Today Apple released a developer preview of their next desktop OS, dubbed Mountain Lion. Much like with the Leopard and Snow Leopard, the Mountain Lion is more of an improvement to the current Lion than a brand new OS but brings along some iOS features in an attempt to unify the Apple ecosystem across devices.
I’m going to break the new stuff up for you guys in order of importance so that you can get an idea of what’s to come. The developer preview is out now and Apple expects the retail version of Mountain Lion (which should be 10.8) to be available through the Mac App Store sometime this summer, probably costing the same as Lion did – $29.99.
One would expect Apple to bring features from its more mature desktop OS to the mobile iOS but it seems they’re doing the opposite bringing notable iOS features to OS X. This is actually a good thing as it brings the Mac closer to the iPhone and iPad with seamless sharing of content between the three devices and a unification of the user experience, which is the main thing Apple focus on.
If you’re in the flow of iOS news this past year you’ve already heard of the Notification center. It unifies all the device’s incoming notifications – tweets, messages, emails, app notifications and more into a single place that’s easily accessible practically everywhere in iOS. Now the Notification Center has crossed over into OS X Mountain Lion. It’s hidden on the right of the homescreen and can be easily swiped out via a two-finger gesture on the Mac’s clickpad or a dedicated button on other Macs. Your main screen will step aside to display the Notification Center, which looks much like the one on iOS.
At first it will only work with Apple apps but the included API means that developers will be able to use the feature soon enough.
iMessage is the next major feature in Mountain Lion. It replaces the iChat and works with every Apple user with the activated feature out there. The service will only work with iMessages and SMS is a no go. Users will be able to use the iMessage for file sharing, much like on iOS currently and Facetime will be built right in for easy video chatting on demand.
iCloud is already a part of the OS X experience but has now gotten more deep into the OS. It’s right there in the first set up screen on your Mac and offers Documents in the Cloud so that you’re docs are shared behind the scenes between your iOS or Mountain Lion devices that share your Apple ID.
Reminders take part in OS X Mountain Lion too. They will receive their very own stand-alone app with the functionality intact. You can set up all sorts of reminders through it using its simple interface. Reminders was previously integrated into Calendar.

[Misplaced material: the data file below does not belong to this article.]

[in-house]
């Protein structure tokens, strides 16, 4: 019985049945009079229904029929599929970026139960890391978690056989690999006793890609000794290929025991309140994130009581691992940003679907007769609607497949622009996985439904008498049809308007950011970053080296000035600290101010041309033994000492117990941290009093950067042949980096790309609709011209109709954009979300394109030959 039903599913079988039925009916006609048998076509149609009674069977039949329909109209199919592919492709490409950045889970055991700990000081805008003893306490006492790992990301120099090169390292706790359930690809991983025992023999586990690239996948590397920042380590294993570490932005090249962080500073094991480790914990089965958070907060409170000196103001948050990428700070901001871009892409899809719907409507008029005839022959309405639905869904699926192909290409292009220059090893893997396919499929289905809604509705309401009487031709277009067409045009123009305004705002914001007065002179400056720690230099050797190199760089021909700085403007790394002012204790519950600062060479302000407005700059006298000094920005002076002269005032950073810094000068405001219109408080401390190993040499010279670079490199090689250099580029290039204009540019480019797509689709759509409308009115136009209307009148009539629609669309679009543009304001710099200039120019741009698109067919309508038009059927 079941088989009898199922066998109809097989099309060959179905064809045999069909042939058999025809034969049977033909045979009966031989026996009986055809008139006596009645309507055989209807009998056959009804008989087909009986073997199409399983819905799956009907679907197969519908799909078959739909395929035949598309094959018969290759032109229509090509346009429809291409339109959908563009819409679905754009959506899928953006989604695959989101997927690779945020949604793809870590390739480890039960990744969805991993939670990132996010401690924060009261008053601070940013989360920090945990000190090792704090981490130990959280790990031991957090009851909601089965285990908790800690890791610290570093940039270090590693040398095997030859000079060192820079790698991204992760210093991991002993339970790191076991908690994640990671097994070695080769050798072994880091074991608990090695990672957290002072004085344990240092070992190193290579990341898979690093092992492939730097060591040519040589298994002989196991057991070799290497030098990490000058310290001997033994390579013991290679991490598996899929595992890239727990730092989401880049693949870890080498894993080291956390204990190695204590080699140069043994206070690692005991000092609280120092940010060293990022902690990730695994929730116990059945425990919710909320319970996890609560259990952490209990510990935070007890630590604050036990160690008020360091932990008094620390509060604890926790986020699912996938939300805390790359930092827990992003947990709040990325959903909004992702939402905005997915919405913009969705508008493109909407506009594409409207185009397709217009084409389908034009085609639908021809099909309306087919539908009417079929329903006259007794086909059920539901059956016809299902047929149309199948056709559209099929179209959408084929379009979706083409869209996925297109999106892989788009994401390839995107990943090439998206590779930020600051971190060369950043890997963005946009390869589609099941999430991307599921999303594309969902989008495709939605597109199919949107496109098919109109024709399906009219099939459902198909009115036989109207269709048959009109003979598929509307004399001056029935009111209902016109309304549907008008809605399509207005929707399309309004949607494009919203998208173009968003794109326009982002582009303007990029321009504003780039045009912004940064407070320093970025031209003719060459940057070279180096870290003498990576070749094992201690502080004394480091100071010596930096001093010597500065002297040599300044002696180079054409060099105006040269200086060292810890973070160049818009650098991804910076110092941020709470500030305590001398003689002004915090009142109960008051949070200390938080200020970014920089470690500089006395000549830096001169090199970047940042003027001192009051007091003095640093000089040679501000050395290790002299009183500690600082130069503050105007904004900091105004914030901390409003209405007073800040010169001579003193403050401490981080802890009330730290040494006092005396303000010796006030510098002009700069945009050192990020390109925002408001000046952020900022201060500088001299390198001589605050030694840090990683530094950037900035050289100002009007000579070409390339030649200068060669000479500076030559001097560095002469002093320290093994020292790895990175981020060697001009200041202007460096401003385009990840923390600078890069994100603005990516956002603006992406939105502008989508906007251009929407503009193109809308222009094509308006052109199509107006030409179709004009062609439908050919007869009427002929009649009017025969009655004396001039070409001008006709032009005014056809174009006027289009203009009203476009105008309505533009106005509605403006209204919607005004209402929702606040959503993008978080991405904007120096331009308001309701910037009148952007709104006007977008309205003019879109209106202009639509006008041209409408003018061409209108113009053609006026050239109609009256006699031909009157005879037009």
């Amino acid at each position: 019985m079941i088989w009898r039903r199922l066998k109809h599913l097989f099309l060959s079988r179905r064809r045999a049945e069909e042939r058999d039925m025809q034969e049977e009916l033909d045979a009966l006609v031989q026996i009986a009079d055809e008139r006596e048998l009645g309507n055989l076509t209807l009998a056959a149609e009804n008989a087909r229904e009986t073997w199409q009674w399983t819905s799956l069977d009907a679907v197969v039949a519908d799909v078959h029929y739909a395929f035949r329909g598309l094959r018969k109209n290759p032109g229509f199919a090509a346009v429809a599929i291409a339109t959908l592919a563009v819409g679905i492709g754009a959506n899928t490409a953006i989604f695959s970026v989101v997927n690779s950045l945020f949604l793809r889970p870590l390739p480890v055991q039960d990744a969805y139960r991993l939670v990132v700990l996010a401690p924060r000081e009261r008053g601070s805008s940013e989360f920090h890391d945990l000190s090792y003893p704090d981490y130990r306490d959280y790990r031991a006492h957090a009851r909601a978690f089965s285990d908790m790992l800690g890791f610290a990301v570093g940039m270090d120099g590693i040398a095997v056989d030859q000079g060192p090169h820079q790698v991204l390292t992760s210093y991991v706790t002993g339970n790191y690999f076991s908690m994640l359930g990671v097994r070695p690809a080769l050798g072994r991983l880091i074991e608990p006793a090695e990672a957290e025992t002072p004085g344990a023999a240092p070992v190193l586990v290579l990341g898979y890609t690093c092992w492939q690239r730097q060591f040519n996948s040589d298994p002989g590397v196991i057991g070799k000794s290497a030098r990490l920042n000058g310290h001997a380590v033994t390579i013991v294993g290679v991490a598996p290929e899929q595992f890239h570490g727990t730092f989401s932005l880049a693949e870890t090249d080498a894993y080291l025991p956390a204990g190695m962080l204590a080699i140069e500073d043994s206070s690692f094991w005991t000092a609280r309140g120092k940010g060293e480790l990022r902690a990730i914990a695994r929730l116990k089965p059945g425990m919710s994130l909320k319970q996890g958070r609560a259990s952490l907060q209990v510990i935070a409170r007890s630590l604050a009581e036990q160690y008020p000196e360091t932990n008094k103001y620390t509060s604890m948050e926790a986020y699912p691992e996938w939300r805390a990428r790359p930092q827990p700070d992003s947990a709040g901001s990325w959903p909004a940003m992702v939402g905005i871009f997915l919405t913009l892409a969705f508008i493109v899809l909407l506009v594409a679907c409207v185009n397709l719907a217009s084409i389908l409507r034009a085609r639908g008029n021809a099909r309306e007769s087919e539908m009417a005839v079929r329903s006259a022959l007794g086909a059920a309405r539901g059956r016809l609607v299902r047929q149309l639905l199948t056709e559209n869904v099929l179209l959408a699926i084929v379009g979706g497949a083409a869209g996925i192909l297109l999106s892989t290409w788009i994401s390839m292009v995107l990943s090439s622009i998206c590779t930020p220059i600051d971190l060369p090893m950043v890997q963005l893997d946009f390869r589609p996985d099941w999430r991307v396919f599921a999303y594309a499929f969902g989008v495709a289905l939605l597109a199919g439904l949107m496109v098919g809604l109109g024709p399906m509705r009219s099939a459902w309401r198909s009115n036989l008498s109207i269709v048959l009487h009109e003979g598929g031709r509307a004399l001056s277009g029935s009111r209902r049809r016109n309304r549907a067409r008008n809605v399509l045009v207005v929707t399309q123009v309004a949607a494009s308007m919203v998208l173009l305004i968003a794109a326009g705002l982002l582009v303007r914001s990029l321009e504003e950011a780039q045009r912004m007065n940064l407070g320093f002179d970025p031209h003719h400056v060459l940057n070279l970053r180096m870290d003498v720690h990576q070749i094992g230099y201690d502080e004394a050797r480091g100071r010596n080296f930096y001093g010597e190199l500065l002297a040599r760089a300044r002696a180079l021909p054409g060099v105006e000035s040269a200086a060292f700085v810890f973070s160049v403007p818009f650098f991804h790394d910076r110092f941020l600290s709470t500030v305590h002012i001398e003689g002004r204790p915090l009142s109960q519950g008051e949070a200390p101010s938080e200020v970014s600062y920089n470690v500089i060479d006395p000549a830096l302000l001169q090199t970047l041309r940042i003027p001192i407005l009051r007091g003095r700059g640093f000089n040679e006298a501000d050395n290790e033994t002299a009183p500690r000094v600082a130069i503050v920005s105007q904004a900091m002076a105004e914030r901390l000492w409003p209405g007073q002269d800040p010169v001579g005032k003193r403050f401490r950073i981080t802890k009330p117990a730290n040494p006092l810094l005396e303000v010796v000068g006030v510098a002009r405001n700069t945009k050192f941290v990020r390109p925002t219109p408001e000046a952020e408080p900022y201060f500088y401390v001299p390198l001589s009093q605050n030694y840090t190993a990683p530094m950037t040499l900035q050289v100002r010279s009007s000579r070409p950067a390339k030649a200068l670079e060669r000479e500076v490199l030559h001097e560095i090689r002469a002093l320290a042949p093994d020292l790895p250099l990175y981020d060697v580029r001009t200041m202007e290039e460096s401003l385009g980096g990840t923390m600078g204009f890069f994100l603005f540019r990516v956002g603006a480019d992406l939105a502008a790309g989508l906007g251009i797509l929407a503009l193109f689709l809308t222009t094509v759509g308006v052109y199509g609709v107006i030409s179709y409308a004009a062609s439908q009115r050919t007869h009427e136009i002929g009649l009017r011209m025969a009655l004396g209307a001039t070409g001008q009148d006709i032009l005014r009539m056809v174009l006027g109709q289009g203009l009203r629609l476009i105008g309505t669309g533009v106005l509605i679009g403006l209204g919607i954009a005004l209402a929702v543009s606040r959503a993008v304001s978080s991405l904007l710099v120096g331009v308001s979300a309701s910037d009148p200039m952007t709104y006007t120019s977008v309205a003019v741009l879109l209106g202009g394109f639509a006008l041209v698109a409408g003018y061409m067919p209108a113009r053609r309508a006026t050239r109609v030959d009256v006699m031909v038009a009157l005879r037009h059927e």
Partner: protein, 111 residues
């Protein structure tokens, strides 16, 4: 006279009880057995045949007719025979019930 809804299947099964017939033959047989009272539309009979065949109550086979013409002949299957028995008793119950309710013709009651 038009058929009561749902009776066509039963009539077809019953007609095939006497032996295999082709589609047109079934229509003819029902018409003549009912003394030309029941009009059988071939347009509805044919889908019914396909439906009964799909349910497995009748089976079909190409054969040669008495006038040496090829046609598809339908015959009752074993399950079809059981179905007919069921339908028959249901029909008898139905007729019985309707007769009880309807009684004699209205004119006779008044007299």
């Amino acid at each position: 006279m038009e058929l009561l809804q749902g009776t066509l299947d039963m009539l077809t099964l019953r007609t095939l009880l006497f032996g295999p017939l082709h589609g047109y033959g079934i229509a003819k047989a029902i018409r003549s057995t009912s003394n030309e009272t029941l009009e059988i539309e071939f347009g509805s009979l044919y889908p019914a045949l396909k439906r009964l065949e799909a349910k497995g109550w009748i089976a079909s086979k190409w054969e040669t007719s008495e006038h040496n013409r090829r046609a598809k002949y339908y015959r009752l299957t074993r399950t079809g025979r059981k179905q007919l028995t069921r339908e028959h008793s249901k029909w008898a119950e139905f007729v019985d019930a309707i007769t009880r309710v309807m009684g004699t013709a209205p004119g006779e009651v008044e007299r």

Again via a stand-alone app Apple has included Notes in Mountain Lion. Previously baked into the Mail app, Notes have been a bit hard to get to. Now, you can add pictures to your notes as well as pin them to the desktop, essentially making sticky notes.
Gaming on the iPhone and iPad is a favorite feature for many (me too) and now Game Center has arrived in OS X. The cool part about Game Center on Mac is that it will enable Mac vs iPhone/iPad/iPod Touch, which in turn means that we should expect iOS games to make their way into OS X Mountain Lion, which is great as there are many worthwhile games out there.
Other Mountain Lion goodies include deep Twitter integration in the OS. This means that users will be able to tweet practically anything from everywhere on their Macs.
AirPlay mirroring is added in Mountain Lion as well meaning you’ll be able to share your OS X experience to iOS and not just the other way around. Gatekeeper is a security feature in Mountain Lion that let’s you control easily which apps to download and from which sources in order to avoid falling pray to hackers and bloatware.
Mountain Lion has some China-specific features too, which is normal considering the potential the China market offers. Chinese input has been improved, Baidu (a popular Chinese search engine) has been integrated into Safari, while Tudou and Youk are means to upload video in China and are too available in Mountain Lion.
Safari now offers a unified URL/search bar, Launchpad has a dedicated search box for quick jumping to specific apps, a new galactic background and more.
OS X Mountain Lion is closing the gap with iOS and seems to focus on creating a unified user experience on a tightly bound ecosystem, which should facilitate users with more than one iDevice. There’s no official word on specific release dates but the final version will be released through the Mac App Store sometime this summer. Specific pricing isn’t available too but the update will probably cost anywhere along the lines of the current Mac OS X Lion – $29.99.